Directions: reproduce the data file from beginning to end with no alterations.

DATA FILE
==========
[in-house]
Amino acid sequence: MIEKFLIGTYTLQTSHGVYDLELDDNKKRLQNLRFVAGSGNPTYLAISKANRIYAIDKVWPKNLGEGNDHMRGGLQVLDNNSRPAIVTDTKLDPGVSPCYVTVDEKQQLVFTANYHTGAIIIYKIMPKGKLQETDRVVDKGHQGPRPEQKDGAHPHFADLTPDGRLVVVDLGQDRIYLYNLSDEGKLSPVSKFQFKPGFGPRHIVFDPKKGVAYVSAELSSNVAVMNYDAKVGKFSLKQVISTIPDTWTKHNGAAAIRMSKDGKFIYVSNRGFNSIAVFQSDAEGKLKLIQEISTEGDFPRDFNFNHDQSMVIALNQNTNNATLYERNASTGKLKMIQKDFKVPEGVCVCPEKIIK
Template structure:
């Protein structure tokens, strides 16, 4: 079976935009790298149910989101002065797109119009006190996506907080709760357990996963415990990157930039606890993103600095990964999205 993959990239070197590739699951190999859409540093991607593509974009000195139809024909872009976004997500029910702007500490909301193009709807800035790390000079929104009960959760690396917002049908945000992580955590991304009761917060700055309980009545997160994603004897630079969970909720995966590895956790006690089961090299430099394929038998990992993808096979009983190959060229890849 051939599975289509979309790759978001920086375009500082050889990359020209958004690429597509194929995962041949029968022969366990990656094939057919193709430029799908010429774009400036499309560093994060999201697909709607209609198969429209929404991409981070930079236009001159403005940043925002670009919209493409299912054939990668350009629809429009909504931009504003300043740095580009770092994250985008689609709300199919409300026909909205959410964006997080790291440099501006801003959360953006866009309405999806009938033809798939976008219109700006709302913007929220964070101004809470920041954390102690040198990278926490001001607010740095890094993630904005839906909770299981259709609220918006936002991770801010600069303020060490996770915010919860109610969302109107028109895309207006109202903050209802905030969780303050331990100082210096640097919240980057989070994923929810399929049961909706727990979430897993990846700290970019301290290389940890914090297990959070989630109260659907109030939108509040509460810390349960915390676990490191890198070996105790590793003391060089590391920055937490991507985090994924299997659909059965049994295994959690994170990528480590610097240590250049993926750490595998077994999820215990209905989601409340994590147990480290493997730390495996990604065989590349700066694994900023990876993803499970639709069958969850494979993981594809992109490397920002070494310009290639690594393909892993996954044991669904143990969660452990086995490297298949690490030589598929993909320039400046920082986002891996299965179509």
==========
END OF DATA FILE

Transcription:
[in-house]
Amino acid sequence: MIEKFLIGTYTLQTSHGVYDLELDDNKKRLQNLRFVAGSGNPTYLAISKANRIYAIDKVWPKNLGEGNDHMRGGLQVLDNNSRPAIVTDTKLDPGVSPCYVTVDEKQQLVFTANYHTGAIIIYKIMPKGKLQETDRVVDKGHQGPRPEQKDGAHPHFADLTPDGRLVVVDLGQDRIYLYNLSDEGKLSPVSKFQFKPGFGPRHIVFDPKKGVAYVSAELSSNVAVMNYDAKVGKFSLKQVISTIPDTWTKHNGAAAIRMSKDGKFIYVSNRGFNSIAVFQSDAEGKLKLIQEISTEGDFPRDFNFNHDQSMVIALNQNTNNATLYERNASTGKLKMIQKDFKVPEGVCVCPEKIIK
Template structure:
């Protein structure tokens, strides 16, 4: 079976935009790298149910989101002065797109119009006190996506907080709760357990996963415990990157930039606890993103600095990964999205 993959990239070197590739699951190999859409540093991607593509974009000195139809024909872009976004997500029910702007500490909301193009709807800035790390000079929104009960959760690396917002049908945000992580955590991304009761917060700055309980009545997160994603004897630079969970909720995966590895956790006690089961090299430099394929038998990992993808096979009983190959060229890849 051939599975289509979309790759978001920086375009500082050889990359020209958004690429597509194929995962041949029968022969366990990656094939057919193709430029799908010429774009400036499309560093994060999201697909709607209609198969429209929404991409981070930079236009001159403005940043925002670009919209493409299912054939990668350009629809429009909504931009504003300043740095580009770092994250985008689609709300199919409300026909909205959410964006997080790291440099501006801003959360953006866009309405999806009938033809798939976008219109700006709302913007929220964070101004809470920041954390102690040198990278926490001001607010740095890094993630904005839906909770299981259709609220918006936002991770801010600069303020060490996770915010919860109610969302109107028109895309207006109202903050209802905030969780303050331990100082210096640097919240980057989070994923929810399929049961909706727990979430897993990846700290970019301290290389940890914090297990959070989630109260659907109030939108509040509460810390349960915390676990490191890198070996105790590793003391060089590391920055937490991507985090994924299997659909059965049994295994959690994170990528480590610097240590250049993926750490595998077994999820215990209905989601409340994590147990480290493997730390495996990604065989590349700066694994900023990876993803499970639709069958969850494979993981594809992109490397920002070494310009290639690594393909892993996954044991669904143990969660452990086995490297298949690490030589598929993909320039400046920082986002891996299965179509």